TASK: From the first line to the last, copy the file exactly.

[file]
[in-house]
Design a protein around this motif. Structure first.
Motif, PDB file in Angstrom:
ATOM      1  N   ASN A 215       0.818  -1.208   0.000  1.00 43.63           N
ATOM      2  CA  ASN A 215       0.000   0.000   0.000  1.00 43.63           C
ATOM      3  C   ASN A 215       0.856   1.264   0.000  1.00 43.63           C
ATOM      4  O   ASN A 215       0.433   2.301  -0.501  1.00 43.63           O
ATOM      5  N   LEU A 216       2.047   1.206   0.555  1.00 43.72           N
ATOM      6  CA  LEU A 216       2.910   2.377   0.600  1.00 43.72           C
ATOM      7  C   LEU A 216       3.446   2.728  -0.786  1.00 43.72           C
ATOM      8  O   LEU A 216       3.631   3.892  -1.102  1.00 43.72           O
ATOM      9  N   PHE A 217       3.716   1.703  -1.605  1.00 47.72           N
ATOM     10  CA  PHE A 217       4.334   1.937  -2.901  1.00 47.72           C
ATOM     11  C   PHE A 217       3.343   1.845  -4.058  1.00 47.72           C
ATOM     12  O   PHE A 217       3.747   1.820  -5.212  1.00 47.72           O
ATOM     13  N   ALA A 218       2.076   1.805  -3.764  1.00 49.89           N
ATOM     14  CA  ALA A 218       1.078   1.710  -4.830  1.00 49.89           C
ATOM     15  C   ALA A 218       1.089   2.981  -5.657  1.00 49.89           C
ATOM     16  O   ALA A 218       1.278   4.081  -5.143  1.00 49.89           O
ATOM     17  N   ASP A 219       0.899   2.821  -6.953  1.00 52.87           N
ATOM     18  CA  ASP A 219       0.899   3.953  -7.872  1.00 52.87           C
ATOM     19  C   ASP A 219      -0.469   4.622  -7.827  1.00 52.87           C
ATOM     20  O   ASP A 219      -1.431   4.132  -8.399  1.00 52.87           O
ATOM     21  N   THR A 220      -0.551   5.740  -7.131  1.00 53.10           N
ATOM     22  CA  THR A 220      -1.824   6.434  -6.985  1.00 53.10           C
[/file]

[in-house]
Design a protein around this motif. Structure first.
Motif, PDB file in Angstrom:
ATOM      1  N   ASN A 215       0.818  -1.208   0.000  1.00 43.63           N
ATOM      2  CA  ASN A 215       0.000   0.000   0.000  1.00 43.63           C
ATOM      3  C   ASN A 215       0.856   1.264   0.000  1.00 43.63           C
ATOM      4  O   ASN A 215       0.433   2.301  -0.501  1.00 43.63           O
ATOM      5  N   LEU A 216       2.047   1.206   0.555  1.00 43.72           N
ATOM      6  CA  LEU A 216       2.910   2.377   0.600  1.00 43.72           C
ATOM      7  C   LEU A 216       3.446   2.728  -0.786  1.00 43.72           C
ATOM      8  O   LEU A 216       3.631   3.892  -1.102  1.00 43.72           O
ATOM      9  N   PHE A 217       3.716   1.703  -1.605  1.00 47.72           N
ATOM     10  CA  PHE A 217       4.334   1.937  -2.901  1.00 47.72           C
ATOM     11  C   PHE A 217       3.343   1.845  -4.058  1.00 47.72           C
ATOM     12  O   PHE A 217       3.747   1.820  -5.212  1.00 47.72           O
ATOM     13  N   ALA A 218       2.076   1.805  -3.764  1.00 49.89           N
ATOM     14  CA  ALA A 218       1.078   1.710  -4.830  1.00 49.89           C
ATOM     15  C   ALA A 218       1.089   2.981  -5.657  1.00 49.89           C
ATOM     16  O   ALA A 218       1.278   4.081  -5.143  1.00 49.89           O
ATOM     17  N   ASP A 219       0.899   2.821  -6.953  1.00 52.87           N
ATOM     18  CA  ASP A 219       0.899   3.953  -7.872  1.00 52.87           C
ATOM     19  C   ASP A 219      -0.469   4.622  -7.827  1.00 52.87           C
ATOM     20  O   ASP A 219      -1.431   4.132  -8.399  1.00 52.87           O
ATOM     21  N   THR A 220      -0.551   5.740  -7.131  1.00 53.10           N
ATOM     22  CA  THR A 220      -1.824   6.434  -6.985  1.00 53.10           C